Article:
I’ve heard the saying “a city is always moving”. The movements they talk about involve people, cars, and living things that call a city home. But the word ‘moving’ is seldom used to describe buildings; they are somehow seen as fixed objects. But in Norway, a team of Swedish architects Jagnefalt Milton have created a system of moving buildings to combat seasonal changes and events. From a landscape architecture point of view, it is immensely interesting because of the social implications a moving system would have on its surroundings.
I have been looking closely at the relationship between landscape architecture and gentrification, and researching into the impact it has on the bottom 20%. The big question is how do we improve quality of life WITHOUT increasing social inequality? This example of a moving system is really exciting because of its potential to become a way of providing equal amenities to everyone. What if the seasonal movements somehow allowed for households of all kinds of demographic to access amenities that everyone should have? If the landscape is fixed but the houses are moving, then we could have a system where the properties would have access to multiple parks and other public amenities.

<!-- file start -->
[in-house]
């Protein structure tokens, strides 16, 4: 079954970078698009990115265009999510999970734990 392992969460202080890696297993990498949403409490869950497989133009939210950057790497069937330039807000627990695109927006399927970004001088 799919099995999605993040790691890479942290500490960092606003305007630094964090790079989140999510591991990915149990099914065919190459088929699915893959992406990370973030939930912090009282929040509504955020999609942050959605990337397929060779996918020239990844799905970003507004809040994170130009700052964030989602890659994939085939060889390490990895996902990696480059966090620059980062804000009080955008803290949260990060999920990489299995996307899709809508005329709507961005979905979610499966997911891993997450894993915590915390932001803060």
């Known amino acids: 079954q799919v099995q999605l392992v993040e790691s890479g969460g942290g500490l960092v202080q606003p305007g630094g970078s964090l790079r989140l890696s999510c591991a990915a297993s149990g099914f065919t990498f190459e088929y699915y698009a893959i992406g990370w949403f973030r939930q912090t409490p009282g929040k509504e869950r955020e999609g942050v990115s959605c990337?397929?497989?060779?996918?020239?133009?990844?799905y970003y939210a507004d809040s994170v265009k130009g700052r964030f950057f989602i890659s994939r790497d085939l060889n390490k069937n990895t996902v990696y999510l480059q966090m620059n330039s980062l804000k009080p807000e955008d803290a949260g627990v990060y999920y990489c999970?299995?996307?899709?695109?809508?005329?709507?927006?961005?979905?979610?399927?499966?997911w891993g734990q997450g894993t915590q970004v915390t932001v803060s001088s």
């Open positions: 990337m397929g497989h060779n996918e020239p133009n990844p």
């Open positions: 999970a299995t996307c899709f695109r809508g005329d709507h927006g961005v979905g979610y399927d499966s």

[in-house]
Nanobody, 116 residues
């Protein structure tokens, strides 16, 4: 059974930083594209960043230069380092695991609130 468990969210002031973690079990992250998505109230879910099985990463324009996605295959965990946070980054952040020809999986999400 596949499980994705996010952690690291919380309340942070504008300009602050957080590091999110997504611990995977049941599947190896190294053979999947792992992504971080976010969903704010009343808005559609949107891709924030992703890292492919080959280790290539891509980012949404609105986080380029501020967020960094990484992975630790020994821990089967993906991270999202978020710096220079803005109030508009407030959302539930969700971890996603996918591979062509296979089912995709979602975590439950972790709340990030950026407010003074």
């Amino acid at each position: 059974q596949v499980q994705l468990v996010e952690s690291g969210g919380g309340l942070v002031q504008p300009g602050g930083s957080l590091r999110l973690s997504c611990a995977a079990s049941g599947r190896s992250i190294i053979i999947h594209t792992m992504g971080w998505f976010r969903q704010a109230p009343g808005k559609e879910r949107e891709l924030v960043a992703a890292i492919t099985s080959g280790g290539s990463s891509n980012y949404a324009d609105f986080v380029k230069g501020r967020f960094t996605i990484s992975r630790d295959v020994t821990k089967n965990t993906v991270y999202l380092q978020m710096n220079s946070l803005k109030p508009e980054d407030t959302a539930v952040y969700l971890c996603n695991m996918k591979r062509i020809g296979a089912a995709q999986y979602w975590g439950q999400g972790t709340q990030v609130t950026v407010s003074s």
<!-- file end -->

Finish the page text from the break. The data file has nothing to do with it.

All images are sourced from Dezeen and are subject to Copyright.